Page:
Title: Legislation Concerning the Use of Cement in New York City
Author(s): R.P. Miller
Publication: Journal Proceedings
Appears on pages(s): 186-197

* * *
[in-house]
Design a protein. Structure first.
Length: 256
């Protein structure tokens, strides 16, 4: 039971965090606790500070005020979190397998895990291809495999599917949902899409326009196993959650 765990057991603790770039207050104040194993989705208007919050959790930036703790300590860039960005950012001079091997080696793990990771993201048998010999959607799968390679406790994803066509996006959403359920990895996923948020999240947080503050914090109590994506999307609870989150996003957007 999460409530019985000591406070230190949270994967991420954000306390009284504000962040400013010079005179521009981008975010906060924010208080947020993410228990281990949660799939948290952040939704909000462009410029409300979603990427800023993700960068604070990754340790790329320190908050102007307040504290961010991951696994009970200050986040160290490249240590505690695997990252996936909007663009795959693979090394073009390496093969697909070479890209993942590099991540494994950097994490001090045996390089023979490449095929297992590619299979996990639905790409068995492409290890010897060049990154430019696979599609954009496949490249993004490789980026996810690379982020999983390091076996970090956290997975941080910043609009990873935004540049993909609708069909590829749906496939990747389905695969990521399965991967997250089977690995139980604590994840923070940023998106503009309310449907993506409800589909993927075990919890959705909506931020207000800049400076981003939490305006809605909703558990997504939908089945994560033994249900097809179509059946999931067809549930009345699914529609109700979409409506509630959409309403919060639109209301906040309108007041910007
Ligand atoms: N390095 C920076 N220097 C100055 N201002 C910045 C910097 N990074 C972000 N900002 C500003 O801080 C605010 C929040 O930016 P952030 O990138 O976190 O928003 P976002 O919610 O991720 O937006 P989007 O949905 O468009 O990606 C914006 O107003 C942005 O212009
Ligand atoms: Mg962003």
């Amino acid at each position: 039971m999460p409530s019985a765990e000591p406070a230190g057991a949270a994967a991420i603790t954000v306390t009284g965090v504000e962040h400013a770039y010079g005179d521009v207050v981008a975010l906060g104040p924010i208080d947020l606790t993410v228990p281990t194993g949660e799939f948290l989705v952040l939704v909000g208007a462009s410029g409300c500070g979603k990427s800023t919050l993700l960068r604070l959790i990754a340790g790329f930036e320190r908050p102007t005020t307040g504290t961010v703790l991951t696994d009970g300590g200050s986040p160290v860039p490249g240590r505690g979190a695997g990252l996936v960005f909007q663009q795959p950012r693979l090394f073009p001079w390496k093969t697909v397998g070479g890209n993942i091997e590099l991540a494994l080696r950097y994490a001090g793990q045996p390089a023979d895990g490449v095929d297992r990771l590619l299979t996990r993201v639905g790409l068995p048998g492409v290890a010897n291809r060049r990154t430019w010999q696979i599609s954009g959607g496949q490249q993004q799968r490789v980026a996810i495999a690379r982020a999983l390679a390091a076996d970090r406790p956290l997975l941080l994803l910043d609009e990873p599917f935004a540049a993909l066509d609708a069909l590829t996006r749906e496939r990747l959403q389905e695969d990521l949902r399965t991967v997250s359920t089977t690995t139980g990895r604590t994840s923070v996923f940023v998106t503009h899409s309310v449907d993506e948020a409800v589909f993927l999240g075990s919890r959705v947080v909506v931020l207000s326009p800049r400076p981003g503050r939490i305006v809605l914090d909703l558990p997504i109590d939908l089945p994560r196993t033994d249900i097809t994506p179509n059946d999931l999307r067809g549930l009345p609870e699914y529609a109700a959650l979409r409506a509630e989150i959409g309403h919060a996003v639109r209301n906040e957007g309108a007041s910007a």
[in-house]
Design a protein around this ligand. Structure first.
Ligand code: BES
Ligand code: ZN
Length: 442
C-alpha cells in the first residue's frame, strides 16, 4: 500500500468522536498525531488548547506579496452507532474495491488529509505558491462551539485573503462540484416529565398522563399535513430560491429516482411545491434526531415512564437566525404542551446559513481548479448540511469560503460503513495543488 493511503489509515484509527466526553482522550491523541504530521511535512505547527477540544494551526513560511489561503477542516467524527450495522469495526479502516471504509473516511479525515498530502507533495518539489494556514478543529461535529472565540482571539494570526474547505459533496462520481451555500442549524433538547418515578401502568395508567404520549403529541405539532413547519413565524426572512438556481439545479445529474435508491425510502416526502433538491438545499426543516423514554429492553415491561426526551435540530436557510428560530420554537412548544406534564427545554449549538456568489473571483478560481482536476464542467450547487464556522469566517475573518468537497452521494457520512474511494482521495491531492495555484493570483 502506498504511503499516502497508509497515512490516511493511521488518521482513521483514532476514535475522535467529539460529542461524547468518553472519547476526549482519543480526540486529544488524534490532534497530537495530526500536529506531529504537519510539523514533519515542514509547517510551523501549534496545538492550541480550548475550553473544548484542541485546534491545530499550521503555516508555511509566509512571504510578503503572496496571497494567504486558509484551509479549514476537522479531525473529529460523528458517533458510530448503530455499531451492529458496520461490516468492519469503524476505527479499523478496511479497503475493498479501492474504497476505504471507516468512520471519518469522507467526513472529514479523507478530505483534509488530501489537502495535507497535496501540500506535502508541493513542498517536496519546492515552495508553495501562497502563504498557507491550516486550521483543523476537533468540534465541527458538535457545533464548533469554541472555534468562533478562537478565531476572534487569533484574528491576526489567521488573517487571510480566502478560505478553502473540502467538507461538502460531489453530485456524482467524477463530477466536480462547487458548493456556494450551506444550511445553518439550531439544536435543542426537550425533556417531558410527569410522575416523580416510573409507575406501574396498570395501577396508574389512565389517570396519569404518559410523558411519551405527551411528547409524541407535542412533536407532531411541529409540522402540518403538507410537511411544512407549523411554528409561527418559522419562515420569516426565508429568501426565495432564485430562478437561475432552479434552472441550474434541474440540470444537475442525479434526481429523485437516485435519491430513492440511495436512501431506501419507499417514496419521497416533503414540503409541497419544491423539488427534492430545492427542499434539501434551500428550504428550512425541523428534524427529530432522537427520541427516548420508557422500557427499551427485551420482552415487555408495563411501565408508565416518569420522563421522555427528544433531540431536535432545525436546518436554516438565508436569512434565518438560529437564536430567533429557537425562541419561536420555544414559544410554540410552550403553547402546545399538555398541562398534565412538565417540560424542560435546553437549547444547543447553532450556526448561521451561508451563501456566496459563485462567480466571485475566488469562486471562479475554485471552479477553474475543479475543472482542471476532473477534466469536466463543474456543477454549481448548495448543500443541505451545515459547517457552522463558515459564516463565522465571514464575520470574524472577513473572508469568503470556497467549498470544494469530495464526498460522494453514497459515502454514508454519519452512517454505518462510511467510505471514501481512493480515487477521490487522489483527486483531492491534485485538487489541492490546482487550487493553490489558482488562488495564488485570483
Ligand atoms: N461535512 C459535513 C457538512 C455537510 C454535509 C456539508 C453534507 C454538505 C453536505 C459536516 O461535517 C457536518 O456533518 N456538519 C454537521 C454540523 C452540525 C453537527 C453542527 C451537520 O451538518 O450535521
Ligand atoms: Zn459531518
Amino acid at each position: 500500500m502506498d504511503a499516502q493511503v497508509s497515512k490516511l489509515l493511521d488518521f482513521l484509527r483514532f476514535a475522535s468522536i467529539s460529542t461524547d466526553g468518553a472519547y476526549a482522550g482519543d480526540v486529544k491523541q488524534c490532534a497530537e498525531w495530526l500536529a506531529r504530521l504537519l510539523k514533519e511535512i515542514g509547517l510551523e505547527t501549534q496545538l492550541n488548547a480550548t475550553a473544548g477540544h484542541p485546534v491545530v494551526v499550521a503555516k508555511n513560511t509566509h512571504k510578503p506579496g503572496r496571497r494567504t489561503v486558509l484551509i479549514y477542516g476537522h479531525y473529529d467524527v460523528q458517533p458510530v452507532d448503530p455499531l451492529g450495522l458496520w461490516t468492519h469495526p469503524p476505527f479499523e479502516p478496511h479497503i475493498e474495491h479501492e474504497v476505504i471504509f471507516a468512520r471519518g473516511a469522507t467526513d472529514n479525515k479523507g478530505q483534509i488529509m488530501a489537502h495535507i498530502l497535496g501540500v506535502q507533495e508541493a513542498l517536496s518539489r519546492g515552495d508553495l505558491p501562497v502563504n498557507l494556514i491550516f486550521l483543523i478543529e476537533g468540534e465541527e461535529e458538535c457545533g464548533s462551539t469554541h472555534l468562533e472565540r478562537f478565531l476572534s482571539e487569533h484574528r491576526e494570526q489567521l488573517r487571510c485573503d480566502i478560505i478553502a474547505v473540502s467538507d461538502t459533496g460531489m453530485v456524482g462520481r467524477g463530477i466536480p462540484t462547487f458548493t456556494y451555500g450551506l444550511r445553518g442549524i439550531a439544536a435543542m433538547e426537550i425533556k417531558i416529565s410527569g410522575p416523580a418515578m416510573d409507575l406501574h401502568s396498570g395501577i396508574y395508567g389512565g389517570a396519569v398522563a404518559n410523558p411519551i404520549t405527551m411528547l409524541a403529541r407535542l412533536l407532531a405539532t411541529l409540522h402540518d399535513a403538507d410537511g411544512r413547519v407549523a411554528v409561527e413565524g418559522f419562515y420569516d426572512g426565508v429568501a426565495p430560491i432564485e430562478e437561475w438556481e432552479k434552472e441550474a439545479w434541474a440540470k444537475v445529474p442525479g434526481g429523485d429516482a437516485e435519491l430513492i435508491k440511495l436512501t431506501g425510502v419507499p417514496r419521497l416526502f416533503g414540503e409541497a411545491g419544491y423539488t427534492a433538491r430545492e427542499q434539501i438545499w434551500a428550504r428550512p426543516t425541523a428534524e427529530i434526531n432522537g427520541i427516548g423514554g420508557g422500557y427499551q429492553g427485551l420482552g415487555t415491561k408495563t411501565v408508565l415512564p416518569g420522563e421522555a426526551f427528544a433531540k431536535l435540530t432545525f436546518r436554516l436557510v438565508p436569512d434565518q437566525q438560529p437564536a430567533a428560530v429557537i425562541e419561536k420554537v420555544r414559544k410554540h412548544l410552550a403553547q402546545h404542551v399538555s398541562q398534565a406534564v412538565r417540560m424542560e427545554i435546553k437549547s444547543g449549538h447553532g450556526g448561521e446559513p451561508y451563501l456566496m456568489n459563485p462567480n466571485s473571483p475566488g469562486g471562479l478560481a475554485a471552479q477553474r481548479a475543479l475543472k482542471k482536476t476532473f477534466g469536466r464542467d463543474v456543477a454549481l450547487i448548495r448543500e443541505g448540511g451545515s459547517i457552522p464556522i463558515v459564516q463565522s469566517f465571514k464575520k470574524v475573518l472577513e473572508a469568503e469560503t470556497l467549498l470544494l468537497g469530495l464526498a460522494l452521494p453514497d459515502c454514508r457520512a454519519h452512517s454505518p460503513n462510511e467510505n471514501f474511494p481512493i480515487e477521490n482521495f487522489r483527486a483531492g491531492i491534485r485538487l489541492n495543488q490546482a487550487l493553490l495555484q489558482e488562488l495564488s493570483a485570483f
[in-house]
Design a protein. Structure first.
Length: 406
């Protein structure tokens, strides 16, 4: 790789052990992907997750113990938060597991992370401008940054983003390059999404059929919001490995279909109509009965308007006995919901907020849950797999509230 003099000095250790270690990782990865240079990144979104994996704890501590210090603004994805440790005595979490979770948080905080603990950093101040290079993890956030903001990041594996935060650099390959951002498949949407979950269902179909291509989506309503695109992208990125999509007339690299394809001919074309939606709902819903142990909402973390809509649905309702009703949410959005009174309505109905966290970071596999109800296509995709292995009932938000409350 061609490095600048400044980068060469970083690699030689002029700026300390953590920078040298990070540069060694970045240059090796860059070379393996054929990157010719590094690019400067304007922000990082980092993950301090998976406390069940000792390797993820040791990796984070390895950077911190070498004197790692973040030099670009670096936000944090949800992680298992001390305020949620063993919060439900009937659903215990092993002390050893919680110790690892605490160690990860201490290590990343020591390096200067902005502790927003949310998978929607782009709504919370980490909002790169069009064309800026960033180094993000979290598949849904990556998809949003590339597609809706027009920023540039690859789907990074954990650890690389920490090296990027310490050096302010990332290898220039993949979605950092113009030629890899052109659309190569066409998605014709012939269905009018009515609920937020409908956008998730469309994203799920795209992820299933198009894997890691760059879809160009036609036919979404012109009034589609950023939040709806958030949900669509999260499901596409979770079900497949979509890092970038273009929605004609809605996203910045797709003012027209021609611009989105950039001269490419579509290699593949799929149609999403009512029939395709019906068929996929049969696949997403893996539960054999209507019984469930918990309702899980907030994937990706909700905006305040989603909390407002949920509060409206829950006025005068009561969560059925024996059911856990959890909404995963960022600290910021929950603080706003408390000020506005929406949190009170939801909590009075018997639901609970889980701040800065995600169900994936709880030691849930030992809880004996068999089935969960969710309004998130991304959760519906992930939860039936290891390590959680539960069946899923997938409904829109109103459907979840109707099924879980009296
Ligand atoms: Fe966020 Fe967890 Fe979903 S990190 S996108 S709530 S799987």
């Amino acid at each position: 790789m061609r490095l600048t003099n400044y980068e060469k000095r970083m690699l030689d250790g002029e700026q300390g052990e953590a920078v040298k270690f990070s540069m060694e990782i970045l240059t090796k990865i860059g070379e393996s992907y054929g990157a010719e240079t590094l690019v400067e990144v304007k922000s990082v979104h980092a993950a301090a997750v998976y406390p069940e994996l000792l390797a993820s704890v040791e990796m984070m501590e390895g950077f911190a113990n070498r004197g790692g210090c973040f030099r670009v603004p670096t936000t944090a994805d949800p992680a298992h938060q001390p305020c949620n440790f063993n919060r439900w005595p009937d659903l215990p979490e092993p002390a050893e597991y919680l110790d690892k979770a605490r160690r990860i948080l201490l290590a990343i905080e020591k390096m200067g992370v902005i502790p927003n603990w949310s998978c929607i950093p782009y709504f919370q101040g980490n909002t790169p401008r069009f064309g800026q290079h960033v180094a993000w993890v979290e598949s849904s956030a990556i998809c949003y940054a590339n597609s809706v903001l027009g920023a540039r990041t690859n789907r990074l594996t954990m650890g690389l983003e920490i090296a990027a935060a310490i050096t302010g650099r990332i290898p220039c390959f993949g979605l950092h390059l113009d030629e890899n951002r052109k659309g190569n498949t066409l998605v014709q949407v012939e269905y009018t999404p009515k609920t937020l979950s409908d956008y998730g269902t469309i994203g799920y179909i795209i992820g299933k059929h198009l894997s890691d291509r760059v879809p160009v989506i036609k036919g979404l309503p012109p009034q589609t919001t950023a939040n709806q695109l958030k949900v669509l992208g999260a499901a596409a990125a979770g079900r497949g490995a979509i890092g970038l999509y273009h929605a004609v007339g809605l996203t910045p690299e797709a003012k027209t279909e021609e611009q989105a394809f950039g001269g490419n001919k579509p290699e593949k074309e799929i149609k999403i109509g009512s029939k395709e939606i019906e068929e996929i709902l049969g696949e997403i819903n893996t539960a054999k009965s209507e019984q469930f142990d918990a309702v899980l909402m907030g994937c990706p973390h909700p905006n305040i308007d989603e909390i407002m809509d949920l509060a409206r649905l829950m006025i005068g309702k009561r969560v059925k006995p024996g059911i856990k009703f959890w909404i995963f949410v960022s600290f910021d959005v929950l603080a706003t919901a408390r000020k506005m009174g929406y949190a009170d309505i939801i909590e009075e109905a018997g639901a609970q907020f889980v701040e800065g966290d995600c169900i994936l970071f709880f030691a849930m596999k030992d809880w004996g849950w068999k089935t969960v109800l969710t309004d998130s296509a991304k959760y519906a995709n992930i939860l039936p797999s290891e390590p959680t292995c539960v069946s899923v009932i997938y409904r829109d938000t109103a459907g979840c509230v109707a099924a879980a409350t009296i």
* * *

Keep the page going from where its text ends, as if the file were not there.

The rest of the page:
The prime function of a building law is the protection of the general public against the dangers resulting from: 1st. Bad construction, 2nd. Hazardous surroundings, 3rd. Defective equipment, 4th. Inadequate means of escape, 5th. Unsanitary conditions. The enforcement of such law is included in the police powers of the state or municipal governement. The third, fourth and fifth of the dangers above specified may be entirely dismisses from consideration in this paper. They related to the supplying of proper fire-fighting appliances in structures and the affording of good and sufficient means of escape from fire or panic to the occupants of buildings, and securing healthful surroundings for them. They apply equally to all kinds of constructions, irrespective of the materials used. The other two dangers, bad construction and hazardous surroundings, do very materially concern the question under discussion. . . It is the object of this paper to consider what these requirements are, so far as they apply to the use of cement, and especially from the standpoint of one who has been called upon to administer the law for a period antedating the present phenomenal growth in the cement industries.